Agenda

23rd April 2004 at 01:00
answers governors' questions

Our head, who has only been with us a year, keeps us at arm's length.

Nothing new in that, I hear you say. But I'm not just writing about this but about how he upsets teachers. It used to be a happy school where staff felt appreciated, but now those of us who are in and out of the school a lot, particularly parent governors, get approached all the time by disaffected teachers saying how bad the atmosphere is, how unsympathetically they are treated, subject to unfair decisions, overworked, and victimised. We listen sympathetically but we have no idea how to deal with these complaints. Should we bring them up under any other business or ask for teacher morale to be put on the agenda? What if the teachers concerned are identifiable? Will they be punished for talking to governors?

This isn't, I'm sorry to say, the first time I have been asked this question. Schools are very close communities where emotions tend to be near the surface. Teachers mostly work hard in close contact with each other; there will often be just a few whose work doesn't come up to standard; working with children is often very draining; and above all there are a few heads who really are hard to please and don't go about raising morale and effectiveness. Sometimes leadership is perceived as being out-the-front or up-on-top, rather than the centre of a series of concentric circles of different interest groups to inspire, to communicate objectives and skills to, build good relationships among and motivate to high performance.

Result, a nagging head. It is tempting for teachers to approach friendly governors when they feel hard done by. But it achieves nothing except the frustration in which you have written, and should be discouraged in a sympathetic way and with an explanation as follows.

Firstly, governors can't do anything directly about these complaints without risking identifying the source, have no means of verifying them, and in any case it isn't the governing body's job to intervene in working relationships at this level of detail. Secondly, we are there to work through strategic issues, to monitor the school's overall performance, devise systems which result in fair practices and harmonious and productive relationships, and - very occasionally - to settle disputes which are formally referred to us.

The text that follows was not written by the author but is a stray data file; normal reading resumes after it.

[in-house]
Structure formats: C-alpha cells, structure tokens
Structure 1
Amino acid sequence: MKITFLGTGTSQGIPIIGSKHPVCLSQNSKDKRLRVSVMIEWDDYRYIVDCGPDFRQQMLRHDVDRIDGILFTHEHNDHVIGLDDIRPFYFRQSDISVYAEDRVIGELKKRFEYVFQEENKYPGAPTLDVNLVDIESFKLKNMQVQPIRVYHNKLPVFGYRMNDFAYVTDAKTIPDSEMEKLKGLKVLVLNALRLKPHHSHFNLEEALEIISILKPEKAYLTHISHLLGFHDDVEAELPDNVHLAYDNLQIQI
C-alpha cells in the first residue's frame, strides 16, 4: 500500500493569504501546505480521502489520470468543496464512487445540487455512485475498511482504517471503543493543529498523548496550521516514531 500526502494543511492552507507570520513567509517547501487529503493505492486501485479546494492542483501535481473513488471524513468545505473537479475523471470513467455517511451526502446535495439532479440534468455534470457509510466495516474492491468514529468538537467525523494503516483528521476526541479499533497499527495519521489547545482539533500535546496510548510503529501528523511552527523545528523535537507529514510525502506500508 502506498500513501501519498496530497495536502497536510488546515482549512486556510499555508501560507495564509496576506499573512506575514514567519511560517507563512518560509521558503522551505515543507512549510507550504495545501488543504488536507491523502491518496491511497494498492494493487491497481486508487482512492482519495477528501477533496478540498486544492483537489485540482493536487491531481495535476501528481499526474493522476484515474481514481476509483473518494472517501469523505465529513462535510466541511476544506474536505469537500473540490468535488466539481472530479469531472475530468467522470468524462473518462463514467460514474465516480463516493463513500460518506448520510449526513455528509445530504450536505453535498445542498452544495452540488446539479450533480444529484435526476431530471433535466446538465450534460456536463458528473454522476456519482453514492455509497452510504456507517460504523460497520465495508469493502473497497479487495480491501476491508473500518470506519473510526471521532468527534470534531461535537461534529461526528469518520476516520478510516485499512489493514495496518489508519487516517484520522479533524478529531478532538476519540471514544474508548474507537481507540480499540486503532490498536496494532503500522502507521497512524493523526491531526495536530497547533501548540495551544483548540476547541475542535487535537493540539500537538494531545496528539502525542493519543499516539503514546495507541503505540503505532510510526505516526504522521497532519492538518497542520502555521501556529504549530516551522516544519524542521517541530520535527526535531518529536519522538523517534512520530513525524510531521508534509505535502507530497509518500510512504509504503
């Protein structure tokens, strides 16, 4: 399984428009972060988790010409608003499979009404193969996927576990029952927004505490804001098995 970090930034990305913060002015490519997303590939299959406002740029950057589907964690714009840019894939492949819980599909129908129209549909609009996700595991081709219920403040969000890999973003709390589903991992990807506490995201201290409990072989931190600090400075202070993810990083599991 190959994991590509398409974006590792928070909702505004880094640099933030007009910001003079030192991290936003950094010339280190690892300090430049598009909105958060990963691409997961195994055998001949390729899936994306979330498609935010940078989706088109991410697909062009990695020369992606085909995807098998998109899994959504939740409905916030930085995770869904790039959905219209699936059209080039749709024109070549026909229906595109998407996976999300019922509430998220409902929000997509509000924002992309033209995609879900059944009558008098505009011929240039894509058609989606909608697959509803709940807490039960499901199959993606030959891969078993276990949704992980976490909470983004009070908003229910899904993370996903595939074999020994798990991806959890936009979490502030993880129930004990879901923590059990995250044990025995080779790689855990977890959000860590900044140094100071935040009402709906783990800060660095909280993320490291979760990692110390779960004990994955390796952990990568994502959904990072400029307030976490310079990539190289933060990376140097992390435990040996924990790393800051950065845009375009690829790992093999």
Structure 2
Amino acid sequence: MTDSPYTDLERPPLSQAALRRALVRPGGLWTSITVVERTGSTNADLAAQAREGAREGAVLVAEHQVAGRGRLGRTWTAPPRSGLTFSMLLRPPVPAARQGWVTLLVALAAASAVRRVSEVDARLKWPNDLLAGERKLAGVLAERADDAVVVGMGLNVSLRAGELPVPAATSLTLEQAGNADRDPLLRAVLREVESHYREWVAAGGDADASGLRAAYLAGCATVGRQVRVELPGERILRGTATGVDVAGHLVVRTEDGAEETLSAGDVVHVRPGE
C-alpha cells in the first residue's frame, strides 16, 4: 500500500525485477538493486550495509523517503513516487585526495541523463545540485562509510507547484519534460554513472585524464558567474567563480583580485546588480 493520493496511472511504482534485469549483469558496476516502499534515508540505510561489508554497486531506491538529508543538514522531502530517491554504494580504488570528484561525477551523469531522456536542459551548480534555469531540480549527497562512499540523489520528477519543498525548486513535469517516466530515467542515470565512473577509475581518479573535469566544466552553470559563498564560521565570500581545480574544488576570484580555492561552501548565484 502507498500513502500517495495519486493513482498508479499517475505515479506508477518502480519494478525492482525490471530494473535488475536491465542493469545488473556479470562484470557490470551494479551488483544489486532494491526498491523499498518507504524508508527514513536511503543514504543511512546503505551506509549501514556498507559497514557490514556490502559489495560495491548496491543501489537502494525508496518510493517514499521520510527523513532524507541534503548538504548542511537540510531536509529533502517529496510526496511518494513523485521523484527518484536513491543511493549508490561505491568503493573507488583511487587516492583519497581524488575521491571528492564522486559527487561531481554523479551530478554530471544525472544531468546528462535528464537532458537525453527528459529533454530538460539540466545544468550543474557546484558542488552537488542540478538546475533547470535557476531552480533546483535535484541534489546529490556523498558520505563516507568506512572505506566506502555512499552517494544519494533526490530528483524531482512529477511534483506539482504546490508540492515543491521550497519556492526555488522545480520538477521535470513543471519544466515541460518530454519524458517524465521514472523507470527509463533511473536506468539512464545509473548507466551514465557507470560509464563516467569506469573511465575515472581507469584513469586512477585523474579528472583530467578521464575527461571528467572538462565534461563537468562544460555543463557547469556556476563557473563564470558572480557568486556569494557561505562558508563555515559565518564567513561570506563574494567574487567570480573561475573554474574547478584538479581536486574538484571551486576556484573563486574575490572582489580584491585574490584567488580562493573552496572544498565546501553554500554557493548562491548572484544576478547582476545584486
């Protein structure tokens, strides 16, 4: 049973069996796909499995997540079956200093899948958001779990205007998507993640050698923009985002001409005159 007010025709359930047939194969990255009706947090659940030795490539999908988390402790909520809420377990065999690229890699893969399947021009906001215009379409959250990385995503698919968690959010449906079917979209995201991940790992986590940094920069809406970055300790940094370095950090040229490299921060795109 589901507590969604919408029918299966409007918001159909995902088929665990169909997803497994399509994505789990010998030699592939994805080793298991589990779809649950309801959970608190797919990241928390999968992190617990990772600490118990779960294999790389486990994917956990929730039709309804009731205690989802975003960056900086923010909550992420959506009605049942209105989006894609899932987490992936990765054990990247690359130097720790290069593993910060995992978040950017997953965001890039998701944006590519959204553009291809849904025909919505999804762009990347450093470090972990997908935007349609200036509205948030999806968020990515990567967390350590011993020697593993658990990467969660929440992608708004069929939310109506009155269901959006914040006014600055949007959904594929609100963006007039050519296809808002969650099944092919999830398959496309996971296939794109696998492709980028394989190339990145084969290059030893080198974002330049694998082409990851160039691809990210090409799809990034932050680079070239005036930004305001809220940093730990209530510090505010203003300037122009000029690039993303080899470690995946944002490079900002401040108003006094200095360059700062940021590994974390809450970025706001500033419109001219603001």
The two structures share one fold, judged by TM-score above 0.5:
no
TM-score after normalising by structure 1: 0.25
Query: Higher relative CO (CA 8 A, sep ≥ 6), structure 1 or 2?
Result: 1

Staff have representatives on the governing body whose role includes bringing up any serious general questions about how staff are treated where there is dissatisfaction, and their constituents must use them in these cases. There are also grievance procedures for individuals who have a personal complaint they wish governors to consider. Very often parent governors will be the target for any passing resentments because they are in and out of the school, friendly and unthreatening. But on their own they can do very little and could easily make matters worse. You need to concentrate on building a better relationship between the governing body and the head and winning back the role the law intends. From the strength which this brings you can perhaps make the school a happier place.

Listening to individual grievances is not conducive to such a relationship and is very unlikely to be of help to the complainants.

Questions for Joan Sallis should be sent to The TES, Admiral House, 66-68 East Smithfield, London E1W 1BX, fax 020 7782 3202, or see www.tes.co.ukgovernorsask_the_expert where answers to the submitted questions will appear

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